Many educators and researchers emphasize that technology alone cannot be framed as a panacea for supporting English Language Learners. Ultimately, technology must operate within real-world classroom environments and provide value to a wide range of students. Truly transformative tools will not attempt to standardize or automate learning within these spaces, but rather will empower ELL students to take ownership of their own knowledge creation. In order to support ELL students, edtech products must also support their teachers through professional development and other instructional resources.
We expect that challenge winners’ products will be feasible for use within a range of classrooms and ELL program models, especially those that are tailored to individual ELL students’ “diverse gifts, educational needs, backgrounds, languages, and goals”. We believe technology is especially well poised to support ELL students by: making rigorous academic content accessible to students of all language levels, addressing social and emotional aspects of language learning, enabling language learning experiences that are more authentic and culturally relevant, and increasing opportunities for engagement with parents and families.
Given a “linguistically diverse”† student population with varying levels of academic language development, educators are looking for tools that enable ELL students to engage with rigorous, developmentally appropriate academic content regardless of language level. Technology holds the potential to support ELL students by enabling multiple linguistic pathways, scaffolding, or multimedia opportunities to engage with content in a home language. Edtech can also facilitate formative assessment and other diagnostic techniques to help teachers tailor instruction to individual ELL students’ academic and language needs.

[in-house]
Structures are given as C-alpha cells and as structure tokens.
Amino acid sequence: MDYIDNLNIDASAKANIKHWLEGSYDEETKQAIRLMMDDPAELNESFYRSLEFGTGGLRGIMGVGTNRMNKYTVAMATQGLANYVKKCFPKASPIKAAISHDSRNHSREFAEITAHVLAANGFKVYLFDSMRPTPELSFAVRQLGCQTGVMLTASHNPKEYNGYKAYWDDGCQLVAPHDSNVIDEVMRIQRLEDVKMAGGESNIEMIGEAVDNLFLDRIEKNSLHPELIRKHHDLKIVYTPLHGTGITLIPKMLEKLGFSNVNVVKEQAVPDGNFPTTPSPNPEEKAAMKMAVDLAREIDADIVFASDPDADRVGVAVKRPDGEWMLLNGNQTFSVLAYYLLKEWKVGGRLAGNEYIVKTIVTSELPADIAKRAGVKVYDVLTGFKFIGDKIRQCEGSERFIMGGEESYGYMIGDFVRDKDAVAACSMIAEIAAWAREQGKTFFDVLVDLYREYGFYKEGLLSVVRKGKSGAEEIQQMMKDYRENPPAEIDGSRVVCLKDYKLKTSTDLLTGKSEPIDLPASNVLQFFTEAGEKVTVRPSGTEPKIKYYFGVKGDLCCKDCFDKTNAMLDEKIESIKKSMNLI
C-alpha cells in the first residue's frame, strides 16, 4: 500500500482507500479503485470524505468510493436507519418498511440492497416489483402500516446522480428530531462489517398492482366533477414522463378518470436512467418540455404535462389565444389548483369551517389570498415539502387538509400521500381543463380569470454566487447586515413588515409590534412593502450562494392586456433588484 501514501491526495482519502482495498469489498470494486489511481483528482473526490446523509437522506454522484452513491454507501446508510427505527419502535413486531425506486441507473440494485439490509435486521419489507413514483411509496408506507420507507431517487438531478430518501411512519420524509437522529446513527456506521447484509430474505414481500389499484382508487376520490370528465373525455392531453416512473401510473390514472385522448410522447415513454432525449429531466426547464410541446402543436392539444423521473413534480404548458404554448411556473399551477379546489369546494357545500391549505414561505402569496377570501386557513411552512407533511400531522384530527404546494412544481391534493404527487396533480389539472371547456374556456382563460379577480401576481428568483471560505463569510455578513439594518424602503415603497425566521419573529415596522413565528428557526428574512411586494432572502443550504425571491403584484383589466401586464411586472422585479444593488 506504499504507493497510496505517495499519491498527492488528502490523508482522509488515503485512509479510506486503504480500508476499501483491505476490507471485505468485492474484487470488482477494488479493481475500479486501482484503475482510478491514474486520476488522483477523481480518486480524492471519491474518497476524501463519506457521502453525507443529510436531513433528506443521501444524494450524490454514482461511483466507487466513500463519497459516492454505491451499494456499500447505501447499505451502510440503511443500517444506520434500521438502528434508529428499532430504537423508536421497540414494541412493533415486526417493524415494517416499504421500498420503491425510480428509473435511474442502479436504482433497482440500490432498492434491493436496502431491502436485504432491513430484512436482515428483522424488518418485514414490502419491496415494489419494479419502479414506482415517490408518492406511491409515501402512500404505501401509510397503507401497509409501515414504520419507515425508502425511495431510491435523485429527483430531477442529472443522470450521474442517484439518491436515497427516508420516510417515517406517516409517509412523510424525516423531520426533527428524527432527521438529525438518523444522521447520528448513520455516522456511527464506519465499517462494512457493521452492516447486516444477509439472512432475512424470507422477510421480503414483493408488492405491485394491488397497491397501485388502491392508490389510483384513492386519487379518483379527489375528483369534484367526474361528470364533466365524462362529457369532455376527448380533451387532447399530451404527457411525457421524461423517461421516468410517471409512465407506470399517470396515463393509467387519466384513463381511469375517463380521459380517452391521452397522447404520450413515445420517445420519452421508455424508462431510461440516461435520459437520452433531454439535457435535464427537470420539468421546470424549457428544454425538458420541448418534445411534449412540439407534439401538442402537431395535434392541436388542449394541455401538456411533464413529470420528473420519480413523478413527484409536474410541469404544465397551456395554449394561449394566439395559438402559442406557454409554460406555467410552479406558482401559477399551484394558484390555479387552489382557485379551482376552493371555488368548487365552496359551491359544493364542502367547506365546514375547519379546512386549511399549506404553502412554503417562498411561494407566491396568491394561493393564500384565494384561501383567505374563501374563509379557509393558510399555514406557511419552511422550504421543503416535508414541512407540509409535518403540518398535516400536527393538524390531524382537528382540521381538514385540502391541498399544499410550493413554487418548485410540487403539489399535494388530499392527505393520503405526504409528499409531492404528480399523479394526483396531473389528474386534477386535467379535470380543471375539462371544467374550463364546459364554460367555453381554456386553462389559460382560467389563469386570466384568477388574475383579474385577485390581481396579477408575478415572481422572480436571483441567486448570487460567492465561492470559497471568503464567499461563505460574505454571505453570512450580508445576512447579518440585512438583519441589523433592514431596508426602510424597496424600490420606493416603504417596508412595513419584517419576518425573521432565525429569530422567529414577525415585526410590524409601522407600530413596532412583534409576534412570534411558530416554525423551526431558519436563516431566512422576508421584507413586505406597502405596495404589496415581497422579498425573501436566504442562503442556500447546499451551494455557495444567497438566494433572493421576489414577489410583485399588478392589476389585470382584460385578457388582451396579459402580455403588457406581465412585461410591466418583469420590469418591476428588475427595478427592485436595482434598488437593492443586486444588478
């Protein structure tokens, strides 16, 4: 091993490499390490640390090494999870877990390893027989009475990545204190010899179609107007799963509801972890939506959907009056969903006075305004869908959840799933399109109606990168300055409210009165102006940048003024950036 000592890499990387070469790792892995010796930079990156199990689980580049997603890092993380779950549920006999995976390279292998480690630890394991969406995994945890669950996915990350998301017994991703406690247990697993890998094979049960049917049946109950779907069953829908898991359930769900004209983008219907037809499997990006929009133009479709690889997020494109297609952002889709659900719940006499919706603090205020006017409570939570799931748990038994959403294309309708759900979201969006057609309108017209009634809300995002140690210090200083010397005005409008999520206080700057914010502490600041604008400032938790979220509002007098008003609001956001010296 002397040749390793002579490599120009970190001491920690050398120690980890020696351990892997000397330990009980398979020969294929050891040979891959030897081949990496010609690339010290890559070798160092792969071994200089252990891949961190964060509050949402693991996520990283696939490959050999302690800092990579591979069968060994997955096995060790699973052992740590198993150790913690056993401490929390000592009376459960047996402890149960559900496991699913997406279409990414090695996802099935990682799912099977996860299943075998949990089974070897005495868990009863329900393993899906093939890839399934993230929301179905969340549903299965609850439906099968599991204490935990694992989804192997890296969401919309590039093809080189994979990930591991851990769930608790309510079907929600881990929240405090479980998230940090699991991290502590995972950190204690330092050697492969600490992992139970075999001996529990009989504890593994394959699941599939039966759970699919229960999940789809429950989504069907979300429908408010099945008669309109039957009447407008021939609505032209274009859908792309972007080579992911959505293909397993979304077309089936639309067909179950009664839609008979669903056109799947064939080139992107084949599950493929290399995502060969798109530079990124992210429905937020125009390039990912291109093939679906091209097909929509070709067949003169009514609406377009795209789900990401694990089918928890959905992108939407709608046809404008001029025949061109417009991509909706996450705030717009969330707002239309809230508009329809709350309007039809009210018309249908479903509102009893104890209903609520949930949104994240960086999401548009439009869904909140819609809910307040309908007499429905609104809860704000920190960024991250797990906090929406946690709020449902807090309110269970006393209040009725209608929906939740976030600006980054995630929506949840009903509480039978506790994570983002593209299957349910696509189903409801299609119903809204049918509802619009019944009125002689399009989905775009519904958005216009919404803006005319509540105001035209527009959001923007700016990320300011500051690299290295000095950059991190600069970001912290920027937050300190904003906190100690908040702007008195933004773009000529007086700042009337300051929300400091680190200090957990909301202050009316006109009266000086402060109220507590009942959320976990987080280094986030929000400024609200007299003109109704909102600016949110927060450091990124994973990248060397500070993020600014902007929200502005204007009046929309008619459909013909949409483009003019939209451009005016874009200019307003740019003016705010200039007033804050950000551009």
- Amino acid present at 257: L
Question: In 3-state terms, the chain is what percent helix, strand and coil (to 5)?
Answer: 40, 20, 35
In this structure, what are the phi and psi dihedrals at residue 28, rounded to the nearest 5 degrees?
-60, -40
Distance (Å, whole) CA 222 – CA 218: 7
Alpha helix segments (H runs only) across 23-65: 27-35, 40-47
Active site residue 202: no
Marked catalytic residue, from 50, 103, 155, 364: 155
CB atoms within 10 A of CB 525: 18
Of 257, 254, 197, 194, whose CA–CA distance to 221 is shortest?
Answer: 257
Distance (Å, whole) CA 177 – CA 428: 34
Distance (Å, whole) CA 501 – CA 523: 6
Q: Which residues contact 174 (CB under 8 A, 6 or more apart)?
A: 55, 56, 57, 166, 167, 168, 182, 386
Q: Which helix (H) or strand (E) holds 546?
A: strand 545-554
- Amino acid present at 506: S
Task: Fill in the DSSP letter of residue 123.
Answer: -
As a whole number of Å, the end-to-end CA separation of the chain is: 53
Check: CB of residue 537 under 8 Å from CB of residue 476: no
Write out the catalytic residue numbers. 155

For many educators, social and emotional learning are “top priorities”† for English Language Learners. Before addressing academic content, it’s important that ELL students feel “safe”† in the classroom – that they know they are valued and have the “same opportunities”† as their peers. Technology can also create new opportunities for students to practice reading, writing, speaking and listening – critical skills for collaborative learning. Building enhanced self-confidence and interpersonal skills can also play a pivotal role in encouraging student voice as well as strengthening relationships among students and teachers.
Educators expressed a desire for content that is connected to the real world (“the best learning tools are authentic”†) and relevant to ELL students’ lived experiences – whether they are “newcomers”, migrant students, refugees or long-term English learners. Learning opportunities must encompass conversational skills as well as academic language, applied in context to support critical reasoning and argumentation. There may also be opportunities for tools that leverage ELL students’ home languages and cultural backgrounds as assets that can contribute to classroom and school communities.
Parents are critical to the success of ELL students, who benefit academically and socially when parents and family members are engaged with their learning experiences. Educators are looking for tools that make it easier to build a strong school-home connections with ELL families, often across languages or cultural differences. Technology can also be helpful for engaging with community partners, helping schools build support networks that include access to resources like interpreters and cultural liaisons.
†: Quotes from “NewSchools Ignite: English Language Learning Challenge market research interviews” (June-July 2016).